Permitted Development Rights Update
‘Living in the Industrial Zone’
Following permitted office to residential conversion, the PDR permits conversion from light industrial to residential use.
Whilst on the face of it this may appear to be a helping hand from the Government to remedy the housing crisis, as with all concessions, there are of course limitations!
Hoops must be jumped through, the main one being that the gross floor space of the existing building must not exceed 500 square metres (5,380 square feet).
Other limitations require (as your would expect) prior approval from the local planning authority which will consider the bearing that a residential development will have on its surrounding infrastructure, as well as any contamination that may be present and, of course, flooding.
Even putting those restrictions to one side, it is perhaps still a tall order to achieve such a conversion. For those involved in industrial sites and development, it will come as no surprise that the characteristics and requirements of a commercial tenant do differ from a homeowner!
So, what can you take from this PDR?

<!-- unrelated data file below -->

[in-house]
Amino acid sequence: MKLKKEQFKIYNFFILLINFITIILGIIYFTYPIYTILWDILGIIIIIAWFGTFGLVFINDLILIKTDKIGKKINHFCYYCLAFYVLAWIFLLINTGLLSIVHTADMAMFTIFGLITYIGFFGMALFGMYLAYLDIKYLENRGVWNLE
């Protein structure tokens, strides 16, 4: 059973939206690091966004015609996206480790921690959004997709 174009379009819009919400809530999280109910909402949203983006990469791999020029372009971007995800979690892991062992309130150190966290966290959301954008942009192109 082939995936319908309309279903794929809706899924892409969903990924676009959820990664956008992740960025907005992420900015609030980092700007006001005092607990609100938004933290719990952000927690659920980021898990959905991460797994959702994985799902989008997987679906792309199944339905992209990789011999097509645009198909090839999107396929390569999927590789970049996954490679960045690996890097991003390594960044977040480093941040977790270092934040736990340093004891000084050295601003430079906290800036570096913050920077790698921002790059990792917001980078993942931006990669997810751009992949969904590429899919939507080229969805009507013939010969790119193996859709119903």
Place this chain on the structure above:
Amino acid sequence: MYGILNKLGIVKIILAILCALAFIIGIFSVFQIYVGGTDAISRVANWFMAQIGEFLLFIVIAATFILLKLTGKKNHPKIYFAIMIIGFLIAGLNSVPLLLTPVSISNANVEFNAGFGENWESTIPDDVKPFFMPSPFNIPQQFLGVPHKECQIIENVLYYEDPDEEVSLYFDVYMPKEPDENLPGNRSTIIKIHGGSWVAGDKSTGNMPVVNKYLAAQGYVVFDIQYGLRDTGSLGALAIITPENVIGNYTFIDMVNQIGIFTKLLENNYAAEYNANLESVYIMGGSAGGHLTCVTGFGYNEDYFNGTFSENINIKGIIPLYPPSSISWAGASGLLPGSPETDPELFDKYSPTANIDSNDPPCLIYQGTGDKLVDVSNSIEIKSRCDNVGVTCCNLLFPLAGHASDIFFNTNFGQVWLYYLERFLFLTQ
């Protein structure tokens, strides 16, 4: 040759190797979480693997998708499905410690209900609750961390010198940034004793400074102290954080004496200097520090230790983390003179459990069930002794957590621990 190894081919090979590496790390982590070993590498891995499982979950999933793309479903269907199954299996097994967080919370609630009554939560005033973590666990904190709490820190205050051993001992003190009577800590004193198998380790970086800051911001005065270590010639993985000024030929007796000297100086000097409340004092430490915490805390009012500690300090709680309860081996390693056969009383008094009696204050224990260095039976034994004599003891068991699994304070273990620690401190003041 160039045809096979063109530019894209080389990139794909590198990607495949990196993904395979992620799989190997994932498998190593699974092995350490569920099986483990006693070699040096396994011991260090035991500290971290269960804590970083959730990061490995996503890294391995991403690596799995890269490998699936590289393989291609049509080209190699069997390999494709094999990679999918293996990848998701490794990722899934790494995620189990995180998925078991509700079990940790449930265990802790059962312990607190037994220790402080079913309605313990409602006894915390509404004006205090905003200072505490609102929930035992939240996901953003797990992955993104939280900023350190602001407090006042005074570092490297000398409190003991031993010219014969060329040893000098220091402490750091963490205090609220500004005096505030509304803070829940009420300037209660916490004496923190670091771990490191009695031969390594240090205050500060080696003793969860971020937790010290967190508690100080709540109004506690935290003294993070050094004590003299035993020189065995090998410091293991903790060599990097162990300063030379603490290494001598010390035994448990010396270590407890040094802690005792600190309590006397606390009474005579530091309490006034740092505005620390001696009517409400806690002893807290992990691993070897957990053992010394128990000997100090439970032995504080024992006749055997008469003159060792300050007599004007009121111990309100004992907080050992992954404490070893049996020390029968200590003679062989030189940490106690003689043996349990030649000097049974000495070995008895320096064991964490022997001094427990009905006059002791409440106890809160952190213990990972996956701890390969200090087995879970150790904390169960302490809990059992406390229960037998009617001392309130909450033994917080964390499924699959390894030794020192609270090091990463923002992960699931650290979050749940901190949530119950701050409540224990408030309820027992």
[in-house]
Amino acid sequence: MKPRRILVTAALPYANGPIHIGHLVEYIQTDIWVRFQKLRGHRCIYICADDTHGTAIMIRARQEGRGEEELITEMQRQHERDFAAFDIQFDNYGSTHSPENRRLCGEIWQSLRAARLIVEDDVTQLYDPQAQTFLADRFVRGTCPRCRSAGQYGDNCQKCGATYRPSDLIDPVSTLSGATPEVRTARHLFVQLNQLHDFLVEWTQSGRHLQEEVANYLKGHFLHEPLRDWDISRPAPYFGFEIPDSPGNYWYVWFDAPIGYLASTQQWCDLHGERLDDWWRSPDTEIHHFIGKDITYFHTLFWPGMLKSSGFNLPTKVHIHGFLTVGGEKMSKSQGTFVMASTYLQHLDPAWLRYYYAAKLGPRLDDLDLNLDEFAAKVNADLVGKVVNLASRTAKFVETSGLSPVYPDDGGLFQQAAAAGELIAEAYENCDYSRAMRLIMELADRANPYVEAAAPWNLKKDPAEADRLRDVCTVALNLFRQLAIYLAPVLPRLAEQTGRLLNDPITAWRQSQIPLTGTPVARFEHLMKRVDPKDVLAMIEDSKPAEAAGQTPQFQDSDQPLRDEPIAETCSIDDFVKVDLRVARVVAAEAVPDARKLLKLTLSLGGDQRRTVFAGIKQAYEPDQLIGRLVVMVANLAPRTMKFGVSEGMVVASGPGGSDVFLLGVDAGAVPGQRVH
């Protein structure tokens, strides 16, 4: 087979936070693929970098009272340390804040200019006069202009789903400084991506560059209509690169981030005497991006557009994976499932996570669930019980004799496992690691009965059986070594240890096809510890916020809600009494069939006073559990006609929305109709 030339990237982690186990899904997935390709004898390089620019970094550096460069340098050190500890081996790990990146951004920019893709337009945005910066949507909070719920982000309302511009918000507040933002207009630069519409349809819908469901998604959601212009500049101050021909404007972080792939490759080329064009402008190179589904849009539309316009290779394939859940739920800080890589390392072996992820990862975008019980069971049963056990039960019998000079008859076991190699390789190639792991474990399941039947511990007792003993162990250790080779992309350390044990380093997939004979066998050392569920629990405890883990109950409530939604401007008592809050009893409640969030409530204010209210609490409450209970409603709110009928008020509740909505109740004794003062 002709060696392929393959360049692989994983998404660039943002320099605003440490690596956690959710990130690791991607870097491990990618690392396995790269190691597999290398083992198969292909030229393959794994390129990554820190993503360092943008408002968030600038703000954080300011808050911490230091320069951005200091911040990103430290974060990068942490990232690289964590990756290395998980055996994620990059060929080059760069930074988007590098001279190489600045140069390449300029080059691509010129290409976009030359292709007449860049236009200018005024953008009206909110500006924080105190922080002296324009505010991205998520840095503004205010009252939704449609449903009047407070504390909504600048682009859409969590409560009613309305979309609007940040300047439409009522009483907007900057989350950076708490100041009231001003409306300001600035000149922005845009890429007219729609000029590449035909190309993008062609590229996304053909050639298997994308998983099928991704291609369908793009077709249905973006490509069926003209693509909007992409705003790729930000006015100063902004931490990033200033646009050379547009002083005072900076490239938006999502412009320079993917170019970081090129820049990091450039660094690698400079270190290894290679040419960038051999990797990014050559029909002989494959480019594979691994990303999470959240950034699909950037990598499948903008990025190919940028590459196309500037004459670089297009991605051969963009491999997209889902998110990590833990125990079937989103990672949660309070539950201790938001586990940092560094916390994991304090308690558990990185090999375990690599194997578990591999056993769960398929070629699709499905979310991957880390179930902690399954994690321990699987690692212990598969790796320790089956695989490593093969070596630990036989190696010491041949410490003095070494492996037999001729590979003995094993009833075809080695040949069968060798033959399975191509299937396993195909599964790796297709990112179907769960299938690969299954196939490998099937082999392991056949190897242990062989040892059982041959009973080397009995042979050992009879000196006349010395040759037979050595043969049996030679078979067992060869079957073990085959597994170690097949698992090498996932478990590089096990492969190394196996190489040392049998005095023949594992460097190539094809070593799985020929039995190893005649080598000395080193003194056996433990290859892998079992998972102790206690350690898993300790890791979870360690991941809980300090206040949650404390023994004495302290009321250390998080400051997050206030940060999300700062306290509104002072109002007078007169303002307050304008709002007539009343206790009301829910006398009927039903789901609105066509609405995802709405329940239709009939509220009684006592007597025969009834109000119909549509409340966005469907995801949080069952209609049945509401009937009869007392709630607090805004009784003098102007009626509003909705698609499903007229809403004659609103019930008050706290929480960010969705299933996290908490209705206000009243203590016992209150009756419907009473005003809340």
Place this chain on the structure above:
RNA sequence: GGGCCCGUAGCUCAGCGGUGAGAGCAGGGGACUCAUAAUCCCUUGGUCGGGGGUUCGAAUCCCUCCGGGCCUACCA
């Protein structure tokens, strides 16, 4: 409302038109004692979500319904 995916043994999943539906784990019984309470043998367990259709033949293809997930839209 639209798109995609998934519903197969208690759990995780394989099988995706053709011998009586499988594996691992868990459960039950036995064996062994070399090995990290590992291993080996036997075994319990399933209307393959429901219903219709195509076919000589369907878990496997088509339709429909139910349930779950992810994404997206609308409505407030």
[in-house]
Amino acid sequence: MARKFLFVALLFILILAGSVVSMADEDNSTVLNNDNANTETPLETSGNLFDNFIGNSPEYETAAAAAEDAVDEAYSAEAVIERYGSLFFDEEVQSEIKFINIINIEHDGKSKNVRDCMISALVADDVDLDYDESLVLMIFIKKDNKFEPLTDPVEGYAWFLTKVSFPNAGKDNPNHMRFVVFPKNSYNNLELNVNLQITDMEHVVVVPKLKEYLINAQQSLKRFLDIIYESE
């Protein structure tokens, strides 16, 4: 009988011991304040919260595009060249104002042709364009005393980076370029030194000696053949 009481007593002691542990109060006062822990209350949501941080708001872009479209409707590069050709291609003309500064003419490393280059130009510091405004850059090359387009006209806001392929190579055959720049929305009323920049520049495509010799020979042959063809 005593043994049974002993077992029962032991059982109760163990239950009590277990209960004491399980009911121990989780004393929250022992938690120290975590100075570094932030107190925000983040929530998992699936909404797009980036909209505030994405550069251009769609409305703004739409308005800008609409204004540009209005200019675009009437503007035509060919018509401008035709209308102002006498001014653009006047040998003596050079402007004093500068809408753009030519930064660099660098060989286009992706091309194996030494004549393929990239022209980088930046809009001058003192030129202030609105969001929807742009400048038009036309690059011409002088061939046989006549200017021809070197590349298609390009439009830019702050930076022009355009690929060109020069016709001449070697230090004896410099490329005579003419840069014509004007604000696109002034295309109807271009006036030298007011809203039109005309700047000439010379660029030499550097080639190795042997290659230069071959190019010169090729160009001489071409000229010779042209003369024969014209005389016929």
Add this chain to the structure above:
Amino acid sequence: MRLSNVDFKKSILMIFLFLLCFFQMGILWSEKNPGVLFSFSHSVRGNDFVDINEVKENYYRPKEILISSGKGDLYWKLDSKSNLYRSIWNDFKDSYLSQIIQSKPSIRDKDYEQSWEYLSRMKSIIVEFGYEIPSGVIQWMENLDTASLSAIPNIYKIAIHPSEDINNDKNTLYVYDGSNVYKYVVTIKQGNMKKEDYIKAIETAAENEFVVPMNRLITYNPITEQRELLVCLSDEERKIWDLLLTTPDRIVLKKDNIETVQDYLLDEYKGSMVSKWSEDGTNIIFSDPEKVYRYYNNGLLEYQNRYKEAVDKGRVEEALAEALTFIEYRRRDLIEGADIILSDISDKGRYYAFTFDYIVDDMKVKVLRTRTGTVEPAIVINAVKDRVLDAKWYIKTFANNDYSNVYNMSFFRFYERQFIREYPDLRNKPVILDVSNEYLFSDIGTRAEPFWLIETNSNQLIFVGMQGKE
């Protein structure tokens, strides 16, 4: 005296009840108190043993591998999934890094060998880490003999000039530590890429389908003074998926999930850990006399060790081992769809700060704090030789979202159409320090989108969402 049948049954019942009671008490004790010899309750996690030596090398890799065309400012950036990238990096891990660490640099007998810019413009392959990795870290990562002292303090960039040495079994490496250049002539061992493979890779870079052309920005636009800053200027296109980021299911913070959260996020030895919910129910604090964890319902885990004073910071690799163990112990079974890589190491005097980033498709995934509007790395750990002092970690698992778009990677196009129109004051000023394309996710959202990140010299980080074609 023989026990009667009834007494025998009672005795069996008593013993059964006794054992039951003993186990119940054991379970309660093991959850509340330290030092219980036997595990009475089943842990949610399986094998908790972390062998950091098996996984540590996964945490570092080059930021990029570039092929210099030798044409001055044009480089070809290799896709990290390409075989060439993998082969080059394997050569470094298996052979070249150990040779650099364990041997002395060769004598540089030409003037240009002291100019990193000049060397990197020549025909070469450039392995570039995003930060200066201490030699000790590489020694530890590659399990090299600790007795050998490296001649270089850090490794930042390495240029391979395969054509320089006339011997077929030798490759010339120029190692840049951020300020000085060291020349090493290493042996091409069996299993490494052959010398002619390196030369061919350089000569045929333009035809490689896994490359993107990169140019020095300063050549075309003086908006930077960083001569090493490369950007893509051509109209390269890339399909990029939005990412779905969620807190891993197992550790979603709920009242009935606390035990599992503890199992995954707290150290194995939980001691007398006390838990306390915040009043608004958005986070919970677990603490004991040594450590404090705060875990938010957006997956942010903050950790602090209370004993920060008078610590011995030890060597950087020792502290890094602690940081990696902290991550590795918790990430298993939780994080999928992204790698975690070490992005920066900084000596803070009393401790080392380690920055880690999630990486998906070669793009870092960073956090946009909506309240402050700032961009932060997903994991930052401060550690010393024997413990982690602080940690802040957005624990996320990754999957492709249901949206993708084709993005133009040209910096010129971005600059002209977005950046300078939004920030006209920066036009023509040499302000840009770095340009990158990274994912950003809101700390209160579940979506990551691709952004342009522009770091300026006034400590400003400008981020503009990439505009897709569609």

If you are a small to medium-sized developer who has property that might perhaps fit the bill for such a conversion, then it will pay you to look at the suitability of your industrial building in the context of the usage within the vicinity. It would also pay you to act sooner rather than later as although the right is temporary for three years from 1 October 2017, many councils are already putting in place Article 4 directions to stem the application of PDR within their authorities. The impact on employment is a particular concern. There is a question about the suitability of the conversion to residential largely because light industrial buildings are just that – meaning that for the majority of conversions, separate planning applications will be required for any external alterations such as the simple introduction of windows!
The Government is continuing to look at ways in which it can appear to relieve the pressure on the housing crisis and although this PDR might not be groundbreaking, it is certainly an improvement on the last PDR that came into force on 6 April 2016 which permitted laundrettes to convert to residential use!
This update is for general purposes and guidance only and does not constitute legal or professional advice. You should seek legal advice before relying on its content. This update relates to the prevailing circumstances at the date of its original publication and may not have been updated to reflect subsequent developments. If you have general queries about our updates, please email: email@example.com